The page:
Local breeder repeats 

Dreamcatcher Meadows tops all competitors

click to enlarge living the dream Dreamcatcher Meadows took home the United States Dressage Federation's DSHB Breeder of the Year Award for the second consecutive year. From left to right, Emily Schnoor, Sara Woodley, Jill Giese, Kirsten Mitchell and John Dingle are pictured with Leopold DMV.
  • living the dream Dreamcatcher Meadows took home the United States Dressage Federation's DSHB Breeder of the Year Award for the second consecutive year. From left to right, Emily Schnoor, Sara Woodley, Jill Giese, Kirsten Mitchell and John Dingle are pictured with Leopold DMV.

For the second year in a row, several of the top sport horses on the continent came from just northwest of Pemberton.

Dreamcatcher Meadows, owned by Jill Giese and John Dingle, was awarded the United States Dressage Federation's DSHB Breeder of the Year Award in an announcement made last month. The awards will be presented as part of the 2014 Adequan/USDF Annual Convention in Cambridge, Mass. from Dec. 3 to 6.

Dreamcatcher Meadows was able to improve on its 2013 median score of 71, posting a 79 this time around, dead even with Laurie McLaughlin of Tower Lane Farm in Washington state.

Scores take each breeder's top five horses into consideration whether it's still owned by the breeder or not. This year, three of the horses used to make Dreamcatcher Meadows' score (Westminster DMV, Wikipedia DMV and Leopold DMV) were new to the stable's top five from last year. Ballerina DMV and Lordsley DMV helped make up the scores in both years.

"The top five horses that we showed had more awards at higher standings," Giese said. "What you're trying to do with each generation of horses that you're breeding is improve upon the last, and that sort of result indicates that you're being consistent and the quality is really high."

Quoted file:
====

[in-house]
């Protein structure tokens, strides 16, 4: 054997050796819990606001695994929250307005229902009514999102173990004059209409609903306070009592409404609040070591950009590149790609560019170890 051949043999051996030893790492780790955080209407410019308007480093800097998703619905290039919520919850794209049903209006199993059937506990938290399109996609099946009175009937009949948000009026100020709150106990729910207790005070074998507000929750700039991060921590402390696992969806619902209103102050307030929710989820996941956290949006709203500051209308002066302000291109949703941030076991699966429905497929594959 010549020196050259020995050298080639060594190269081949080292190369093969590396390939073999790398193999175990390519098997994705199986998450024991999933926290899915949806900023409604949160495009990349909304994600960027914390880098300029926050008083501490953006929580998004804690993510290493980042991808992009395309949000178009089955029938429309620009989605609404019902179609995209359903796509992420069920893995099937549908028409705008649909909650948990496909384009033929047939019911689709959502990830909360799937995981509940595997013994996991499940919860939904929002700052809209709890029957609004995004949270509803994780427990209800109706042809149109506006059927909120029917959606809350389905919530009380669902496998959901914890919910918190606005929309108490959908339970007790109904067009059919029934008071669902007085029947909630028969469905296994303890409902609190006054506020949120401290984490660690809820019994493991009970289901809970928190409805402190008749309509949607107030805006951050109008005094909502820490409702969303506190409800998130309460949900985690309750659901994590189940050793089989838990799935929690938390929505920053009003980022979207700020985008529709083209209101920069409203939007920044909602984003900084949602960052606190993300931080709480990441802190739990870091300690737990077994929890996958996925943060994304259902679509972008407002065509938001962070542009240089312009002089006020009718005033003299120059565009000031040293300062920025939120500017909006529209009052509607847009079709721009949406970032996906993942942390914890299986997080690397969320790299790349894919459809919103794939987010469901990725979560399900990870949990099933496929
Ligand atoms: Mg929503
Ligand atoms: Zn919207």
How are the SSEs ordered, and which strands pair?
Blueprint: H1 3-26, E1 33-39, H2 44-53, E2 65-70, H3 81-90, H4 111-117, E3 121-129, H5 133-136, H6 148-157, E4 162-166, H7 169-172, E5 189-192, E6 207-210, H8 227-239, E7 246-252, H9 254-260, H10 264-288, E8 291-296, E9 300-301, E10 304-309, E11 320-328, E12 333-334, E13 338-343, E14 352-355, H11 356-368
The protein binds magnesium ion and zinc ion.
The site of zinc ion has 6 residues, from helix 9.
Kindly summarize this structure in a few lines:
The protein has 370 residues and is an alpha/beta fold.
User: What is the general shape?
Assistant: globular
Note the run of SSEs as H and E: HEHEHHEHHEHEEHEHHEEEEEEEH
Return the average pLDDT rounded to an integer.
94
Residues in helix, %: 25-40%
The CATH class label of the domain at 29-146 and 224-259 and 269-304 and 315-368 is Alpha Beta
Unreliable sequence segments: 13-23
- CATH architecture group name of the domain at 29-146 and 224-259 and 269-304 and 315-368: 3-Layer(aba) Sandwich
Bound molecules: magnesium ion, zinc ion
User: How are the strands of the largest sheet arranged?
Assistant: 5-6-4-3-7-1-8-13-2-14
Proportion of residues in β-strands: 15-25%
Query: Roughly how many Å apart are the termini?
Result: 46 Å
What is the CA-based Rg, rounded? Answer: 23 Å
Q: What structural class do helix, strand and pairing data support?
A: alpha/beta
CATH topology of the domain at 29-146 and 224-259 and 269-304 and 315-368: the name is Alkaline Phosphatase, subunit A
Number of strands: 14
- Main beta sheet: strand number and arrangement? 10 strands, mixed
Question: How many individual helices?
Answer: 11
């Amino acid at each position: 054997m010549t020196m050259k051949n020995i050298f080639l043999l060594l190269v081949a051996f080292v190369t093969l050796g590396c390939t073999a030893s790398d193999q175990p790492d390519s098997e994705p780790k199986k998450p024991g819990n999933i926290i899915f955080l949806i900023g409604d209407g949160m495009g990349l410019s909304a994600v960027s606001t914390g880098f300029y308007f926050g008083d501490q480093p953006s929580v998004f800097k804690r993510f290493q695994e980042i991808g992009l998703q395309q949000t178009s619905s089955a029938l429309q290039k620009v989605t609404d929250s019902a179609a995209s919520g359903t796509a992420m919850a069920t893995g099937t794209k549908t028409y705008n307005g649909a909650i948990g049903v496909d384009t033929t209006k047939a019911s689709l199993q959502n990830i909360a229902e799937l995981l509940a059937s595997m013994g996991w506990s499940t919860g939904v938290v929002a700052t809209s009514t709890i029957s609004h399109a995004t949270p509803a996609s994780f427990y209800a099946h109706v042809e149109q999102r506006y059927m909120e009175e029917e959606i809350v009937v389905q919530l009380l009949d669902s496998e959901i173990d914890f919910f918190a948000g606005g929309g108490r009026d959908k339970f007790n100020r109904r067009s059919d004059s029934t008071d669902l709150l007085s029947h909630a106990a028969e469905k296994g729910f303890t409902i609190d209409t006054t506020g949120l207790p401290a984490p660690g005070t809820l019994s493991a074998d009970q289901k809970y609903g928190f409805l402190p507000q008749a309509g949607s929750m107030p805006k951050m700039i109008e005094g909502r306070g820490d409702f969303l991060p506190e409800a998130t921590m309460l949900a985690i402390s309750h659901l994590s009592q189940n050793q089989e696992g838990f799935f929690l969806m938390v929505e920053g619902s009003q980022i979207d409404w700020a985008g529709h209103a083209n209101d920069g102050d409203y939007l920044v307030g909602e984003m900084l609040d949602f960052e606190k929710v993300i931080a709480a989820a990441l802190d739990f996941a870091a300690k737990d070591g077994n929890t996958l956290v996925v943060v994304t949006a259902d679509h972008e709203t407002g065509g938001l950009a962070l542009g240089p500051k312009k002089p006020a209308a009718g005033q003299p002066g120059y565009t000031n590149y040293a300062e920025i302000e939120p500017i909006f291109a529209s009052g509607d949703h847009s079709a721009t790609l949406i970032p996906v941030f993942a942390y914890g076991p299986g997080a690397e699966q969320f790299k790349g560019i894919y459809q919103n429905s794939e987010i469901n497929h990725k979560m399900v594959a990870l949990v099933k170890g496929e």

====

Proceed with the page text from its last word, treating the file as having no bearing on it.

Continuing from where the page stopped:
Giese stressed the award is a representation of all the hard work put in by everyone at the stable.

"It's the result of everybody from the (horse) owners to the young people that help groom, the blacksmith (Dave Gilmour), the vets, everybody, and John (Dingle), my partner, rode all the horses and presented them," she said. "He managed to take 10 horses and all these young people on the road (to the final), so it wasn't expected."

Giese explained the high score came as part of a challenging year for the stable. Dreamcatcher Meadows attended only two shows this summer — the bare minimum to qualify for the final — when it would usually attend eight or nine.

Giese explained it was difficult finding qualified staff to work with the younger horses, while the provincial teachers' strike nixed the opportunity to have young people live in residence and attend school.

"This summer, we were very late in the game getting going," she said.

Giese added some sales were disrupted after events in the area limited access to the stable.

She said even with the pair of USDF awards now on the mantle amid a slew of others, Dreamcatcher Meadows hasn't necessarily received attention on par with its pedigree. Giese said the stable must battle several challenges associated with the perception buyers must go to Europe to find a suitable horse, but has a limited marketing budget with which to work. As well, because of its relatively remote location, Giese said it's challenging to get on the radar.

"It's not like we'll get a ton of publicity in the U.S. because we're Canadian," she said. "In Canada, we're competing in the United States, so it's not something that people pick up on at this end. Really, so much of the attention is based in Eastern Canada, anyway.

"We've got these amazing results, but it's getting the word out there (that's difficult)."

Even with the challenges, Giese said she loves the valley and the people in the area.

Giese spent over a dozen years in Germany and England learning the intricacies of breeding, and embarked across the pond once again on Nov. 4 to continue her professional development.

"One of the reasons for going back to Europe is to stay current," she said. "In North America, we tend to be about a decade behind in modern breeding."

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